example, just dance was put on for the children. The setting had a wet room where an adult would take children in and they could play with water, paint and shaving foam. The children were allowed to paint on the walls, paint each other and wet each other.
In every room there is an unfinished work tray for every child and this is where the children would put their unfinished work. The children were not put under pressure to finish their work as they knew they could come back to it. This is a great idea as it means children will not rush their work and will take greater pride in their work as they know they have spent a lot of time on it. They also know that they can come back to it and it will always be there for them to finish.
During meal times the children and staff eat together which I thought was an amazing idea and could see all the benefits. The children were learning table manners, social skills and the different types of allergies. The children would go up and get their own food from the age of 2 years old. The children were developing an awareness of some of the allergies the children had. For example, one child aged 4 told me that another child had to use a different milk, butter and cheese because it gave them a sore tummy. There were set meal times for each group of children. However, if a child did not want to eat at that particular time they were not forced to, they were allowed to eat later with another group of children.
The communication between staff and parents was excellent. When the children came in the parents would speak to the staff about anything that may have happened or information that they should know. If there was any important information this was put up on the board. When the parents came to pick up their child a member of staff would mention any information they should be aware of. For example, if children nap during the day the parent would tell the member of staff when they usually go for a nap and for how long. The member of staff writes this on the board and the child’s nap time is recorded each day and communicated to the parent(s).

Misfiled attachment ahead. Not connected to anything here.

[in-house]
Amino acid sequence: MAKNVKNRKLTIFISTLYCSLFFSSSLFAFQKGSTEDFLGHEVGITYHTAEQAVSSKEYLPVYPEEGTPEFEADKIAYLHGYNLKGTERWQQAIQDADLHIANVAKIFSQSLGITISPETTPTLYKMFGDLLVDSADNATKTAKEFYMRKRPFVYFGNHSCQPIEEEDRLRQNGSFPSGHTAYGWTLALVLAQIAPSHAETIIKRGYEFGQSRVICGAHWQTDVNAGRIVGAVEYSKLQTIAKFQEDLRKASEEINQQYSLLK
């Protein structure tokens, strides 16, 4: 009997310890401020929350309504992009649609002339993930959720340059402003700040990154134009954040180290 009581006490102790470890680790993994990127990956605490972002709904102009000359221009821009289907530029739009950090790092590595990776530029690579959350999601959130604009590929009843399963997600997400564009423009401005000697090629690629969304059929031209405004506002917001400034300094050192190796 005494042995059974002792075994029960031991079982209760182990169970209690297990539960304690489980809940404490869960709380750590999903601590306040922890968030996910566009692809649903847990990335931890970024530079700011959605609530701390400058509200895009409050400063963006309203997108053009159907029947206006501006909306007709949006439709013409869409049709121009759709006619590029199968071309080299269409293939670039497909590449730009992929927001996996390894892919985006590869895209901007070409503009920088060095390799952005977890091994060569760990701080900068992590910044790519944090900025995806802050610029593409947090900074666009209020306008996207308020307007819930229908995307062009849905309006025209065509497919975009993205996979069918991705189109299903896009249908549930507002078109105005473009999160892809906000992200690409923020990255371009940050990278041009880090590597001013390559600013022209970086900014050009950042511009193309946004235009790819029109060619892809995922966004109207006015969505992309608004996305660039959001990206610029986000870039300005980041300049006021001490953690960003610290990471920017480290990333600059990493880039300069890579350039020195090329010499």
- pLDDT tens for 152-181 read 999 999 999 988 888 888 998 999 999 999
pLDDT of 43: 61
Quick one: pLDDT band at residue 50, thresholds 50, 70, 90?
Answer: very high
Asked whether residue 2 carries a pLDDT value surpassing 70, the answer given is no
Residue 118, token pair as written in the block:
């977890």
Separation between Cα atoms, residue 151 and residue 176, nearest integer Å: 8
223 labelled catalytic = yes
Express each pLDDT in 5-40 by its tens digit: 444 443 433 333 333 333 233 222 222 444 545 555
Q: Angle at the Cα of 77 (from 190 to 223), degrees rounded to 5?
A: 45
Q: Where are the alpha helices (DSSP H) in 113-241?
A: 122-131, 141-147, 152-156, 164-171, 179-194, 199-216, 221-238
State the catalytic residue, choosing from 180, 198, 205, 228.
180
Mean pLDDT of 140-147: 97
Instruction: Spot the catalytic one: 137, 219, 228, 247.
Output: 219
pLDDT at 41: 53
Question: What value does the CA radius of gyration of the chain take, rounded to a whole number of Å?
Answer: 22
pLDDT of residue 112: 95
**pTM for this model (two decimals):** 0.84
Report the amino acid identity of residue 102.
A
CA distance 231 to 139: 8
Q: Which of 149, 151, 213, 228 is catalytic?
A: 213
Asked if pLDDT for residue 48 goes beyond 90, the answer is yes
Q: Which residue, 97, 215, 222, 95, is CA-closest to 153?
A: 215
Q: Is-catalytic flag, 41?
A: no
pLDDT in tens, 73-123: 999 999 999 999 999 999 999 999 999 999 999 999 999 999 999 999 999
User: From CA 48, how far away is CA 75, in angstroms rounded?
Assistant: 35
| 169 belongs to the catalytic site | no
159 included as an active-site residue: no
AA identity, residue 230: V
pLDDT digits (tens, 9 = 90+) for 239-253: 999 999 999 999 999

All the staff are super with the children and get involved in their play. If a child asks to do something they will try their best to implement it. Meetings are carried out all the time to ensure the children are getting the best opportunities possible. All the staff know exactly what is going on in the setting and know where they are meant to be in order to provide supervision. There was no one time where there were children not supervised while playing outside or inside. If any child has difficulties at home the staff are aware of that
The children in the setting were extremely independent compared to children in Scotland. For example, children from 3 years old were able to put on their outdoor clothing without very much assistance. The children wanted to try and do it for themselves and if they couldn’t do it they wanted shown how to instead of someone doing it for them.
Something I was not aware of while working in Sweden was that they do not receive any inspections as the government trust they are doing a good job. I feel that in Scottish education we are not trusted so it is why inspections need to be carried out.
Overall, I feel that Scotland should be taken some of Sweden’s ideas of education if not all of it. I feel in Sweden children have more choice in what they do, have more freedom in their play and have better experiences of outdoor learning. Over the years Scotland have tried to implemented more outdoor learning, however I feel that this has not yet met its full potential. Children are still kept indoors when there is the smallest bit of rain or snow.